10 HOA Questions That

Could Save Time, Money and Frustration

10 HOA Questions That Could Save Time, Money and Frustration



In the last 2 full decades, we've been summarizing a list of the most frequently asked homeowner association questions, and felt these questions best represent the concerns of members. This is a snap shot which can help you realize the dynamics of association management. Long Beach Association management


1) WHY ARE MY HOMEOWNER DUES GOING UP?


Your homeowner's dues are based off the operating budget for your subdivision. Budgets usually are prepared on a "break-even" basis; that is, income should equal expenses. What are the results when this does not occur and expenses exceed the projected income? There are then only two approaches to balance the budget; increase income or decrease expenses. The budget process is an important event in the financial life of an association. At budget review time, there is the opportunity to re-evaluate the obligations, needs and expectations of the association in relationship to its membership. It is also an occasion to consider cost reducing techniques and decide which are right for the association. Ultimately, the Homeowner Association's Board determines if the dues should go up or stay the same based off of the budgeting process.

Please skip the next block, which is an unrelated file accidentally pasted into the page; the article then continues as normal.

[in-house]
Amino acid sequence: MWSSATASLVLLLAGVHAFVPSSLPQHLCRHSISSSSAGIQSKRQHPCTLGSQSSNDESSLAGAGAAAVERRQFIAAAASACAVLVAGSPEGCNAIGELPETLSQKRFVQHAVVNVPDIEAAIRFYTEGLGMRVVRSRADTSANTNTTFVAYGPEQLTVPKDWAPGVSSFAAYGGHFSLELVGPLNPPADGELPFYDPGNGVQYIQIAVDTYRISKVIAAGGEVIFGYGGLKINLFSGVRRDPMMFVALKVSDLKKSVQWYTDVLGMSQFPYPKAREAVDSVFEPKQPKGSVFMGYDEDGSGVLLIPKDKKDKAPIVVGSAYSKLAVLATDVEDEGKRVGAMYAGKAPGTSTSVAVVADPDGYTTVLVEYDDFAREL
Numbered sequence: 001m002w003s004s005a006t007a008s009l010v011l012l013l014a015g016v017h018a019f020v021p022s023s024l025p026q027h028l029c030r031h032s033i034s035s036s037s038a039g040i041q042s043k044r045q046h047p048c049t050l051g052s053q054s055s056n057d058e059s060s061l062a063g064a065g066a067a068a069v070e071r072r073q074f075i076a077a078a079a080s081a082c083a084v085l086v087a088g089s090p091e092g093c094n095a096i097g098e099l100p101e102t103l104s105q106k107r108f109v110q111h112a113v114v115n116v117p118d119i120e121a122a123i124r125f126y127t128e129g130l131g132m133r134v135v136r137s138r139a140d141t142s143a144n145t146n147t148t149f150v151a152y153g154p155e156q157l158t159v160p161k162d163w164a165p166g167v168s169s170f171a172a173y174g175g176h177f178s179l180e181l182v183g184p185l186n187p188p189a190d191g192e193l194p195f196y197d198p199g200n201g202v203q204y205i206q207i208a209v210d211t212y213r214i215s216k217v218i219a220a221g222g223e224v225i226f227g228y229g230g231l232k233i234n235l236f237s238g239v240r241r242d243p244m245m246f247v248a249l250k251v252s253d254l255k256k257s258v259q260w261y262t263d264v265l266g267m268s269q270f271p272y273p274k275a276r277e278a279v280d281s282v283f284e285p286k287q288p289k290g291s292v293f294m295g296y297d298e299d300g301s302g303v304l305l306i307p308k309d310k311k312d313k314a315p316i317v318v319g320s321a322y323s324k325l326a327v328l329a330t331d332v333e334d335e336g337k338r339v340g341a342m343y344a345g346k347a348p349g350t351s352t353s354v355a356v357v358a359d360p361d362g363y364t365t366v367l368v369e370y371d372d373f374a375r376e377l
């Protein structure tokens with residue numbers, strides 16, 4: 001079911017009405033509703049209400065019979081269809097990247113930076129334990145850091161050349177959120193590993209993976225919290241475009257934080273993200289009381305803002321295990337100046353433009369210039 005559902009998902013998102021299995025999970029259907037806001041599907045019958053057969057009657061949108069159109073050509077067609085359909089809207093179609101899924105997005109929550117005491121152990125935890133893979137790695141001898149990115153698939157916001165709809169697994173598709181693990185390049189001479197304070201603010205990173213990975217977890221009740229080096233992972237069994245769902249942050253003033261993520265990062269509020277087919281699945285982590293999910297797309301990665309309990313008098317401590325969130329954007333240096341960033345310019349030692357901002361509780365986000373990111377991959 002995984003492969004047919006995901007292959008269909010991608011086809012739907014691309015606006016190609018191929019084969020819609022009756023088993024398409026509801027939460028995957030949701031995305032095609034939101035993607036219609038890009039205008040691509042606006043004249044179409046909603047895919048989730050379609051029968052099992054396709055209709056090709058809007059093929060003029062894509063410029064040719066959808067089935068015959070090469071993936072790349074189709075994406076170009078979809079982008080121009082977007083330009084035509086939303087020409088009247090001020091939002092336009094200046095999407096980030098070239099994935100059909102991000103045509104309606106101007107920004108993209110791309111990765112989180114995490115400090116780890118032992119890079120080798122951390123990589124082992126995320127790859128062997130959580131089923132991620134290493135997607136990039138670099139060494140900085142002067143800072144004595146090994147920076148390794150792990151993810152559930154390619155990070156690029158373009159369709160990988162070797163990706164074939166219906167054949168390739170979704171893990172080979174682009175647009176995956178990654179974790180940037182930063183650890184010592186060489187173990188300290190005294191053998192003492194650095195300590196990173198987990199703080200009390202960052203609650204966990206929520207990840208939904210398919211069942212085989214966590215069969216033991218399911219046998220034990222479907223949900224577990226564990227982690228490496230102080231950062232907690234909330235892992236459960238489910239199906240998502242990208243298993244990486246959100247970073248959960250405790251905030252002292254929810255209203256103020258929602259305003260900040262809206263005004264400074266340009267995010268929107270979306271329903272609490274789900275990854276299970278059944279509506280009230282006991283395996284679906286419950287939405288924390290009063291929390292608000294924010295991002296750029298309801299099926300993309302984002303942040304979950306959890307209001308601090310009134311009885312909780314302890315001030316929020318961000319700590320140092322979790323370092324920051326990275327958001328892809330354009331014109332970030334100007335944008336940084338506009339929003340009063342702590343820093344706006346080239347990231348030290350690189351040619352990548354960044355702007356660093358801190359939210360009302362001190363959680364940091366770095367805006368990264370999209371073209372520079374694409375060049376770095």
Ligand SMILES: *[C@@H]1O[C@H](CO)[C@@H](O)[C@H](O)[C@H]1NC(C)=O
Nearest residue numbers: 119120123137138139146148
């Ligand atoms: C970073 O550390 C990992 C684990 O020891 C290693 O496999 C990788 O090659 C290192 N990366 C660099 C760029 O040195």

2) WHY DO I HAVE TO PAY MORE DUES WHEN THERE ARE PEOPLE WHO DON'T PAY THEIR DUES AT ALL?